Even the most optimistic of evaluators would say that Mychal Kendricks’ performance has slipped over the last season and a quarter.
The linebacker played well enough in 2013 and '14 that the Eagles extended his rookie contract four more years for $29 million. But Kendricks hasn’t been the same since he signed that contract in August 2015.
“I mean, I’m not even playing,” Kendricks said on Wednesday when asked to assess his play this season vs. 2013 and '14. “So until then, it is what it is.”
Kendricks saw a small uptick in the percentage of snaps he played in Sunday’s loss to the Lions, but through four games, he has been on the field only 33 percent of the time. Last season, he was in a rotation and played 62.5 percent of the defensive snaps in the 13 games in which he was active.
The 26-year-old linebacker played almost every down, though, when he was healthy in 2014 (89 percent in 12 games) and in 2013 (89 percent in 15 games). Times have changed.
“I’m playing 33 percent,” Kendricks said. “I’m playing all right with what’s been given.”
Kendricks played almost exclusively in defensive coordinator Jim Schwartz’s base package through the first three games. But he played some nickel with Stephen Tulloch on the Lions’ third drive of the first half, while regulars Nigel Bradham and Jordan Hicks watched.
“That was the plan going in,” Kendricks said. “Give those guys a break.”
The Lions scored on their first two drives, but they once again marched down the field. Kendricks missed tackling Theo Riddick on a third-and-11 dump. The running back was stopped short of the sticks, but Detroit picked up the first down on the next play.
“Just an open-field tackle against an elusive back,” Kendricks said of Riddick, who beat him for a 1-yard touchdown catch on the first drive. “I tried to make up some ground. I missed the tackle, so I need to force that back more outside. Honestly, I’m just trying to slow his momentum down. He’s pretty good.”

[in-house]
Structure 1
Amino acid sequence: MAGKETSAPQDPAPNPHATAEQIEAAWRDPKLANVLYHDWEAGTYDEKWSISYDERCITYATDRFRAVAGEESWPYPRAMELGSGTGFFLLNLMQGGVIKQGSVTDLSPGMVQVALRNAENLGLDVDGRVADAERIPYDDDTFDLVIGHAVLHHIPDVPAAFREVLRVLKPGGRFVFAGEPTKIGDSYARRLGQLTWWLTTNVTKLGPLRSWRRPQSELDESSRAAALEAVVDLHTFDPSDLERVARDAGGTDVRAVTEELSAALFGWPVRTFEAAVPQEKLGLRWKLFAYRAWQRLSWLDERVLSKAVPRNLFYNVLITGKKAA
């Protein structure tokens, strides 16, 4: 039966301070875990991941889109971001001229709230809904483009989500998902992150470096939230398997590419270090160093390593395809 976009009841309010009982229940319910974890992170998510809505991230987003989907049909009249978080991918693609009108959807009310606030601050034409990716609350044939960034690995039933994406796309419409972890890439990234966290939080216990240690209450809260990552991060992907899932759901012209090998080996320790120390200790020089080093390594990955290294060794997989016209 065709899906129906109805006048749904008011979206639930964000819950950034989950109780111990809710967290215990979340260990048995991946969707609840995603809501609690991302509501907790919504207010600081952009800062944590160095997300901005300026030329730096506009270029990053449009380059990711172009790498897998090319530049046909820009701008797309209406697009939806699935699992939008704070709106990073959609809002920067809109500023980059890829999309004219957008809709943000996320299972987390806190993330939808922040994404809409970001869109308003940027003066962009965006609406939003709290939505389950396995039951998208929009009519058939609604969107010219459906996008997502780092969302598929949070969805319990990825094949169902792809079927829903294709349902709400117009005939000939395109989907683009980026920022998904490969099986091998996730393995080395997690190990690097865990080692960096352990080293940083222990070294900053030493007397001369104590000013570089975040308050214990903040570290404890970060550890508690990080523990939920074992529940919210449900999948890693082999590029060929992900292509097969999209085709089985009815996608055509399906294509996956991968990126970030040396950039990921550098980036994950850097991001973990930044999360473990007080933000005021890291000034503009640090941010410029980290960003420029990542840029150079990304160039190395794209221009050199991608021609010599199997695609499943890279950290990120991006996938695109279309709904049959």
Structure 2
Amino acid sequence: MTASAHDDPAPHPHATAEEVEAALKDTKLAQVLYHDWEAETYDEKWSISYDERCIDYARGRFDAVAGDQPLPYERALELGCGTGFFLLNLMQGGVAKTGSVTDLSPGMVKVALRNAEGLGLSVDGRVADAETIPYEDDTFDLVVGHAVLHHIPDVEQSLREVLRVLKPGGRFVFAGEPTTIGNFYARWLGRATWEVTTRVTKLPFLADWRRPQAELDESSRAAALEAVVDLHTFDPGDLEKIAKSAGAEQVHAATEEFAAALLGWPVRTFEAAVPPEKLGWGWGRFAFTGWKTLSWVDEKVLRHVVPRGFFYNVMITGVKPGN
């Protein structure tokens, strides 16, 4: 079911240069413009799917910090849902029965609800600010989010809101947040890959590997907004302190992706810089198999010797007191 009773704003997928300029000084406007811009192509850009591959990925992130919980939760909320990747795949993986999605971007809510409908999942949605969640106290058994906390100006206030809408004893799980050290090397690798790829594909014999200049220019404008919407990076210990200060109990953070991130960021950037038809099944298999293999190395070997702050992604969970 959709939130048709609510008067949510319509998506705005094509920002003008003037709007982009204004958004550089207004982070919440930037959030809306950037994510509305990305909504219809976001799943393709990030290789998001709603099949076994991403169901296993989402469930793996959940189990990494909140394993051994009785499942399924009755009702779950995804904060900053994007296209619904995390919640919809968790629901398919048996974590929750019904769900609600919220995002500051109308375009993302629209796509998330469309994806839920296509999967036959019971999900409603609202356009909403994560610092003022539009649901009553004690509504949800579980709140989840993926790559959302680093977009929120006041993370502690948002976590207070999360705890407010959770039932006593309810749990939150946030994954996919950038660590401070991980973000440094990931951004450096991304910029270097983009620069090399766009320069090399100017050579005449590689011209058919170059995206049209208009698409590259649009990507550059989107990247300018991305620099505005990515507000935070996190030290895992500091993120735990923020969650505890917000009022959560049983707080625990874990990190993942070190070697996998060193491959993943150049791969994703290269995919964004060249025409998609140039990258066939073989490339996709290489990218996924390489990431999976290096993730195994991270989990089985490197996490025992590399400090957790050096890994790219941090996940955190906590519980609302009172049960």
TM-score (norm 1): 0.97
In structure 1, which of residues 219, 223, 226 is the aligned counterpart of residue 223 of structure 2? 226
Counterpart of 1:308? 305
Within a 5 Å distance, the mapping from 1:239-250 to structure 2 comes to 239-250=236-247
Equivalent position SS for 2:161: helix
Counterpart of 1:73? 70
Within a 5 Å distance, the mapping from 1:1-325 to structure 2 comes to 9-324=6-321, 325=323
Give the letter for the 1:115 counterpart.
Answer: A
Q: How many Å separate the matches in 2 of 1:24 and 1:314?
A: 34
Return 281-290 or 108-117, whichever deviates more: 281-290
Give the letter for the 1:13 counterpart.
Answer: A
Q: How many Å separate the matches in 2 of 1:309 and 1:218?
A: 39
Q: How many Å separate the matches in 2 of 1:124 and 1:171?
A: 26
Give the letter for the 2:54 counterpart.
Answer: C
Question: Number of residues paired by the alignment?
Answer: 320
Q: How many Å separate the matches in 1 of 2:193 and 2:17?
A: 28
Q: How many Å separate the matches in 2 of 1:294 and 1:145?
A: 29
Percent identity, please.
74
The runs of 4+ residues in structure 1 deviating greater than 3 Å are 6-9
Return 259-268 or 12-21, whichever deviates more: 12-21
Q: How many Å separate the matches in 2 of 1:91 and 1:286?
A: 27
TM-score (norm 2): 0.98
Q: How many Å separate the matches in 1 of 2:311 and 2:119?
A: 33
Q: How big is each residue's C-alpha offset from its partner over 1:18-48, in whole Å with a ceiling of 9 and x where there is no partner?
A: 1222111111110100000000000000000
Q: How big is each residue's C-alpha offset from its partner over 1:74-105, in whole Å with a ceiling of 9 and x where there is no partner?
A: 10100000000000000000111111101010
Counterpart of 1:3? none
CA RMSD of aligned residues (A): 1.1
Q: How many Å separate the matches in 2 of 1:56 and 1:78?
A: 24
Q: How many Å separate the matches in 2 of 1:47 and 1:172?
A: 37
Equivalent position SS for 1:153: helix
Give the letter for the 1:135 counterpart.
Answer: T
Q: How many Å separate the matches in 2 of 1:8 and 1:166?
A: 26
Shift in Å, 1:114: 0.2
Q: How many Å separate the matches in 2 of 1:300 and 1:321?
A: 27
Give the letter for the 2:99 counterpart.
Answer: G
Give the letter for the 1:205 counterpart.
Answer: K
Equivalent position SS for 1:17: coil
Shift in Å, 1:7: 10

Kendricks appeared to struggle on a few more plays during the possession, but he clearly took a poor angle on a Golden Tate end-around that advanced the Lions to the 1-yard line. They scored a play later.
Schwartz abandoned the nickel rotation in the second half. Kendricks was part of the package before he suffered a hamstring injury in training camp, but by the time he returned, Bradham had leapfrogged him.
He said before the season started that he has had to adjust to playing less, but that he was on board with Schwartz’s decision. Nevertheless, his role has shifted. Kendricks’ best attribute was blitzing, but he hasn’t gotten many chances this season, if any at all, because of situations and Schwartz’s reluctance to send extra rushers.
“We have a [blitz] lineup, but it’s just a different defense,” Kendricks said. “There’s time when we may go or may not. The time just hasn’t been called for it, I guess.”